Female Drinkers: 3 Unique Dangers of Intoxication
Thanks to some unique variations in muscle mass and body chemistry, we know that men and women react to alcohol differently. While a man might be able to throw back five shots of whiskey and never display signs of intoxication, those same five shots would likely send an average sized woman hurdling towards inebriation.
When it comes to consuming alcohol, however, women have a lot more to worry about than trying to drink men under the table.
A Glimpse into Alcohol’s Effects
A recent study found that men and women have very different reactions to heavy amounts of alcohol, with women being far more likely to experience significant injury with each passing drink.
The research, published in the online journal Addiction, looked at 13,000 emergency department patients in 18 countries across four continents. Teams of experts combed through data, performed supervised interviews and conducted multiple closely-monitored tests in an effort to discover just how much women are affected by drinking large amounts of alcohol.
For research purposes, a “standard drink” was identified by one of the following:
- 350ml glass of beer with 5 percent alcohol by volume (ABV)
- 150ml glass of 12 percent ABV wine
- 44ml glass of 80-proof spirit (approximately 18 ml of pure ethanol)
The Tipping Point: When consuming up to three standard drinks, the risk of injury among men and women is virtually the same. After that third drink however, those risks take a sharp upward turn for women.
Injuries, Violence and Death
When women consume around 15 standard drinks, their risk of injury actually doubles. It’s also worth noting that these drinks can be consumed up to six hours before the injury occurs.
Additional alarming risks included:
- The risk of injury caused by violence significantly increased as the amount of alcohol the women consumed increased.
- Female alcoholics have death rates that are 50 to 100 percent higher than those of male alcoholics.
- A greater percentage of female alcoholics die from suicide, alcohol-related accidents and cirrhosis of the liver.
…between 30 and 80 percent of the women who abuse alcohol had been victims of sexual abuse during childhood.The more intoxicated women get, the higher their risk for being victims of a sexual assault. For example, sexual assaults are increasingly common for college students living on campus. In fact, alcohol is the most commonly associated catalyst for sexual assault on campus, according to the NIJ Campus Sexual Assault Study.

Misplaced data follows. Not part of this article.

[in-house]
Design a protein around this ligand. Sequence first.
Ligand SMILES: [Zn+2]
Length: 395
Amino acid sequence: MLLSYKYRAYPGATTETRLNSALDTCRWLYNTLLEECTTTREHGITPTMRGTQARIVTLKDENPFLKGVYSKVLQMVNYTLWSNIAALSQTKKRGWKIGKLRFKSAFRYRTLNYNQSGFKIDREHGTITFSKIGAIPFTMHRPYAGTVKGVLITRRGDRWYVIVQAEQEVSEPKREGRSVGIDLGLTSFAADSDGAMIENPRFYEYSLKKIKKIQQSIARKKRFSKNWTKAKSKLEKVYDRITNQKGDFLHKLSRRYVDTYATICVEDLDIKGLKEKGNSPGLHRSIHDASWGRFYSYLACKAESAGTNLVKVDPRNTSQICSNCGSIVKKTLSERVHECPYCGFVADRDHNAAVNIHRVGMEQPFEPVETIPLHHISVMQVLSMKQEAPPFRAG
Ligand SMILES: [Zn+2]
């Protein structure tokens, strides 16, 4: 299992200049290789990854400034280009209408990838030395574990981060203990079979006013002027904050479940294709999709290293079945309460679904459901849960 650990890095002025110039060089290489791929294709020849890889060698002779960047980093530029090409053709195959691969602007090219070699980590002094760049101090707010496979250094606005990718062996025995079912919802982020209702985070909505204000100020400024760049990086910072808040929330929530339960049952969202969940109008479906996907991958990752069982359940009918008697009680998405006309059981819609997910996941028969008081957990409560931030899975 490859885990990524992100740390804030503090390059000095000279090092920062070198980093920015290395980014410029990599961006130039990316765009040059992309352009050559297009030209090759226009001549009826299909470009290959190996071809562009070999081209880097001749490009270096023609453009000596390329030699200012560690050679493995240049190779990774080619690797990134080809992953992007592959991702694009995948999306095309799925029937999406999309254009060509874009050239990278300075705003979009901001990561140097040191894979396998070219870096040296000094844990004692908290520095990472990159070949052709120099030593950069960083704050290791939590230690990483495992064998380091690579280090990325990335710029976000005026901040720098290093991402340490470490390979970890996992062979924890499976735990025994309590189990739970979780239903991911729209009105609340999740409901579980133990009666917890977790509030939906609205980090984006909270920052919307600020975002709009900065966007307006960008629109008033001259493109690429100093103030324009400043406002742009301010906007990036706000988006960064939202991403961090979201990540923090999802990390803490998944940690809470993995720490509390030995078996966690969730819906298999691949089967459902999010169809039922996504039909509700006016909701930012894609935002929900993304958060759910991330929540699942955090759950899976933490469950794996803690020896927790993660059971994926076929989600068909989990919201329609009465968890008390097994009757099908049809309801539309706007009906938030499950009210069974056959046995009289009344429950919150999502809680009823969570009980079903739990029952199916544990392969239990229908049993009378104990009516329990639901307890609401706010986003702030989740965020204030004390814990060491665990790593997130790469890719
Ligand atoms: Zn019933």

What’s more, research has also shown that somewhere between 30 and 80 percent of the women who abuse alcohol had been victims of sexual abuse during childhood. Experts believe many victims of sexual abuse develop post-traumatic stress disorder as a result and, in an attempt to dull the emotional pain, self-medicate with alcohol.
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Alcohol Abuse Among Seniors
An increasing number of older and retired women are being treated for alcohol abuse.
Since 2009, statistics show a 65 percent jump in the number of women being treated for alcoholism. And surprisingly, the number of women between ages 18 to 29 being treated for alcoholism went down during that same time period.
“A common pattern is for regular drinkers, who have had their consumption constrained by the structure of working, tipping into harmful drinking in retirement,” said Dr. Paul McLaren, a consultant psychiatrist with The Priory Group.
“Many of the women I see are retired professionals who never had issues with alcohol in the past.”
Additional Reading: Broken Promises: How Alcoholism Affects Children
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